We are trying to say what the Christian faith looks like
when it is experienced by the couple on the front pew,
the family midway back, the single person,
the teenager in the balcony.”
Telling stories found in our everyday life can make the words of Scripture
come alive with new importance.
As Thomas Long explains,
“The use of human experience in sermons,…
takes out the territory of genuine religious experience.
It says, in effect, it is possible to experience the holy
in the midst of life,
and this is what it looks like when it happens.”
The task of listening to a sermon isn’t over
until we listen to the “voice” of God
who addresses us in the midst of our everyday living.
Healthy sermons are not meant to be mere entertainment.
David Schlafer puts it simply when he writes,
“…preaching is not so much the solo speech of a particular individual
as a conversation within the Christian community.”
Good sermons will travel with us s a faithful community,
long after we’ve left the worship service.
This is how we actively listen to the voice of God’s Spirit
who makes the message alive in our daily walk of faith.
I’ve often said, “A sermon isn’t completed until the message
begins to change your life in some way in the week ahead.”
Very often, it will be a question that will provoke and challenge us
to explore it more deeply
so that our eventual answer will begin to change our lives,
day by day, to make us more like Jesus in our response
to the concern.
As David Schlafer notes,
“Those who listen to preaching can learn to engage it,
and the transforming power that comes through it, …
Sermons need not be endurance exercises
through which God’s resurrecting life
takes actual shape and direction for those who listen.
Sermons can become sources of spiritual survival.”
Are you ready to join in the conversation?
We remind everyone that we must continue to pay our bills; in the absence of Sunday worship, you may sign up for pre-authorized remittance (PAR), donate online, or drop off your offering envelope in the mailbox at the church. Do not leave a cash donation unattended in the mailbox; instead, please call the office (416.261.4037) to ensure someone will be there to receive it. The building will be checked daily for mail and phone messages. If you are not comfortable leaving an envelope, you are welcome to contact the office (once again, 416.261.4037) and someone will pick up your offering.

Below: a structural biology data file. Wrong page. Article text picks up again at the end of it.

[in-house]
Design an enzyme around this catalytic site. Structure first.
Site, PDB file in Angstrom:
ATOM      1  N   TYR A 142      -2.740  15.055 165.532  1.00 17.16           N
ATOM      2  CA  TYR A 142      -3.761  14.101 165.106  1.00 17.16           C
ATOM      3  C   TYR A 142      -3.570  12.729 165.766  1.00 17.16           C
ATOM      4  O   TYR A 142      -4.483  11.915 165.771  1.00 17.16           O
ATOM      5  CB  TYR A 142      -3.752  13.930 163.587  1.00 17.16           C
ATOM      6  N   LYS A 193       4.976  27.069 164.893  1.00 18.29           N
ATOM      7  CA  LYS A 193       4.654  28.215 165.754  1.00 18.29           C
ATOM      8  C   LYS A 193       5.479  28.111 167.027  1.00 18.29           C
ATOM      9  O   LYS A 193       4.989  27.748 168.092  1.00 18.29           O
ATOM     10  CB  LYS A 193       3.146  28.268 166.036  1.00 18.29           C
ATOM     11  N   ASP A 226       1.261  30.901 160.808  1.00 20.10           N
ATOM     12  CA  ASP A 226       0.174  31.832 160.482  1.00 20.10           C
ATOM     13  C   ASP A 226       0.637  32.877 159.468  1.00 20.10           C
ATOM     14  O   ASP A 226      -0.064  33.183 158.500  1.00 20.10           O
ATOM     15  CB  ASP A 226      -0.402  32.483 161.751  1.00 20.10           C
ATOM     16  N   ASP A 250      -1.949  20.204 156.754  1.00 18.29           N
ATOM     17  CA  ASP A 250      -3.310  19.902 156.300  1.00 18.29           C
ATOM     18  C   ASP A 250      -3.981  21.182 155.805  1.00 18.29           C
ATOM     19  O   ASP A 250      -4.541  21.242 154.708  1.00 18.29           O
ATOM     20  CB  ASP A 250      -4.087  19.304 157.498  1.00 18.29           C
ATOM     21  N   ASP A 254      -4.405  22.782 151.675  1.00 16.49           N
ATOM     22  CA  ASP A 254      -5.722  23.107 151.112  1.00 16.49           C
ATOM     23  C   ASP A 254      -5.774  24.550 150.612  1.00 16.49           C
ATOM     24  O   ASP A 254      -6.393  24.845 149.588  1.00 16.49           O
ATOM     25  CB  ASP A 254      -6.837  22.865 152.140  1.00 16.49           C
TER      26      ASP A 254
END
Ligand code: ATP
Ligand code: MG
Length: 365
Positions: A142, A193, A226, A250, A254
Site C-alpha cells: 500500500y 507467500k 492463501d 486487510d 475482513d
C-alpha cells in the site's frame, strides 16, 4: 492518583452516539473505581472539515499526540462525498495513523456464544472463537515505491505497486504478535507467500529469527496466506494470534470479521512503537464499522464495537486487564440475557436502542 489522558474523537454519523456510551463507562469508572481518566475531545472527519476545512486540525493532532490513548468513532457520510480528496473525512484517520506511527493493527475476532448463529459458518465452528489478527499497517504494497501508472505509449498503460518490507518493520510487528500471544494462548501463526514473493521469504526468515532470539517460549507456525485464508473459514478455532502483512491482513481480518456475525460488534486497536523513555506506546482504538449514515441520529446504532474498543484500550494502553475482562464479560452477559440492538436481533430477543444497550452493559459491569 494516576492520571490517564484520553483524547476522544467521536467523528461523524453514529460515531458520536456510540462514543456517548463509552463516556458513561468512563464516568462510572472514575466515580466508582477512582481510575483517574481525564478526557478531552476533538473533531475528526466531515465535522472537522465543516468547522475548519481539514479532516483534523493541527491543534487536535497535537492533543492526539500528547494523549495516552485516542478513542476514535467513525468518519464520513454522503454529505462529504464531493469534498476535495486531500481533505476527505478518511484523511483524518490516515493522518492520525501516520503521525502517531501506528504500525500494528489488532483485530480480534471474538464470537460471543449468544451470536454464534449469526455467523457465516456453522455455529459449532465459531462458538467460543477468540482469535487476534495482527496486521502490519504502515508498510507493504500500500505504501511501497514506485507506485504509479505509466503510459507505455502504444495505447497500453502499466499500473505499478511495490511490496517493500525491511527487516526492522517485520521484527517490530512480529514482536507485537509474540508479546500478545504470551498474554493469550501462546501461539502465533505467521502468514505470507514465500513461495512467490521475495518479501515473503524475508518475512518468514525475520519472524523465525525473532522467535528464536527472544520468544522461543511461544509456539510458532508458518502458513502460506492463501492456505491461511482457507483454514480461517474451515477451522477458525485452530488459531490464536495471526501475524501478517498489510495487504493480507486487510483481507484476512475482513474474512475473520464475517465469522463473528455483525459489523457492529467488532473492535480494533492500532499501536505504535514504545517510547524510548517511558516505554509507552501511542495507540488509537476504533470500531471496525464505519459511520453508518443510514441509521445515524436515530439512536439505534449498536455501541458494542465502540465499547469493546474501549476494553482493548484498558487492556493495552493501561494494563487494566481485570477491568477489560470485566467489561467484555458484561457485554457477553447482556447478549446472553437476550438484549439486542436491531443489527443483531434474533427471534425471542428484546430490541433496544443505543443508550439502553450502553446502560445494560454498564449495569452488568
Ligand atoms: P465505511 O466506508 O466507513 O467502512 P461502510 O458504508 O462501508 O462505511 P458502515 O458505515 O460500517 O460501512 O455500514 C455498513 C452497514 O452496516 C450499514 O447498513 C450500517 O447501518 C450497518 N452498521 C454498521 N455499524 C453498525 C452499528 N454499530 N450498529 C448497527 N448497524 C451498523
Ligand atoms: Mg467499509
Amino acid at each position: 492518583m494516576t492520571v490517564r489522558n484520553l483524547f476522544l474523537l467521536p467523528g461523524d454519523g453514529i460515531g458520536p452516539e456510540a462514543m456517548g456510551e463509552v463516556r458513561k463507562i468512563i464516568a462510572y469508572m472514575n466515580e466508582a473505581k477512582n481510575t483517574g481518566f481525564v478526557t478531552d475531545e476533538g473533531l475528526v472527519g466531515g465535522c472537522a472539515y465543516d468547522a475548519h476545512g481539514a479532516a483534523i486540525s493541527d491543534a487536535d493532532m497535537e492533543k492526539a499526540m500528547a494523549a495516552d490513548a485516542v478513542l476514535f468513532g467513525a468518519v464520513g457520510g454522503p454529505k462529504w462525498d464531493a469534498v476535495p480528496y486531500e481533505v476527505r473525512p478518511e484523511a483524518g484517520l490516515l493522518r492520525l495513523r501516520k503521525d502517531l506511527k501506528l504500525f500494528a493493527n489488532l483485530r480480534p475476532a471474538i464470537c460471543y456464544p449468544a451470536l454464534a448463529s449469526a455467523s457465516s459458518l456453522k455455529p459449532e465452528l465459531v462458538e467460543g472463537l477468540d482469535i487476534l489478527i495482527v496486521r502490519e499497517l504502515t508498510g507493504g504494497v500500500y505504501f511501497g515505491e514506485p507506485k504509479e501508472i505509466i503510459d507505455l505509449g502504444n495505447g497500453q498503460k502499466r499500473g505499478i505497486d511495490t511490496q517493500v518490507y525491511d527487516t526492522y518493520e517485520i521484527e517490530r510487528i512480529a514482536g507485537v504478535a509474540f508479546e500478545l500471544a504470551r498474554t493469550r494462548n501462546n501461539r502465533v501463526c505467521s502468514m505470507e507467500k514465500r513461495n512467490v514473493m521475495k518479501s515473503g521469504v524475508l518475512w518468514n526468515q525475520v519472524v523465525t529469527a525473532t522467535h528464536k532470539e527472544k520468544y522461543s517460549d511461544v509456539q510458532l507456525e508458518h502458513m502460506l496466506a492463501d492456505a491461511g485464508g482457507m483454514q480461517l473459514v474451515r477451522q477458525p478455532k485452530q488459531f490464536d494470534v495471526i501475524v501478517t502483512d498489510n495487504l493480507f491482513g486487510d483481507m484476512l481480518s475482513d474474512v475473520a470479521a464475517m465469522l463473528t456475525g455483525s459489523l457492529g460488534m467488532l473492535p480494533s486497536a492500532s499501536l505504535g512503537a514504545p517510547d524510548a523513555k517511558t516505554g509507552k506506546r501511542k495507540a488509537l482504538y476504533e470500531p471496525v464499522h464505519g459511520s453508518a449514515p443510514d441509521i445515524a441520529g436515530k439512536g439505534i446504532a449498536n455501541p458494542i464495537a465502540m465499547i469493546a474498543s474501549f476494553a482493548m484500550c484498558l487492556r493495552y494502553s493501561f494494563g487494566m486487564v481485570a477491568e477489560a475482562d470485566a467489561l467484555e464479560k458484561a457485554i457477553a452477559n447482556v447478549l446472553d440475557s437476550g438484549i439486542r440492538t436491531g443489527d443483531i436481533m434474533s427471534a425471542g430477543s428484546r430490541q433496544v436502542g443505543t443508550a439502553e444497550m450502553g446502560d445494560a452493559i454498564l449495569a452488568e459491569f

Book of Praise – 500 “Open my eyes that I may see”
- Video with on-screen words, identical to the words in the hymnbook.
- Words and music completed in 1895 by American composer and hymn-writer Clara H. Scott (1841–1897); both in the public domain.
- This recording by Valdosta First United Methodist Church, Valdosta, Georgia, 2012.
Spoken by One / Spoken by All
May the word of God fill us with hope so that
we may face life’s uncertainties with confidence each day.
May our teacher, Jesus Christ, send us out into our world
as disciples certain of his words and power.
And may the Holy Spirit make God’s word both challenging and inspiring
so that we can live life fully doing good wherever you are.
Blessed are the ones who go in the name of the Lord! Amen!
© Copyright 2020 Guildwood Community Presbyterian Church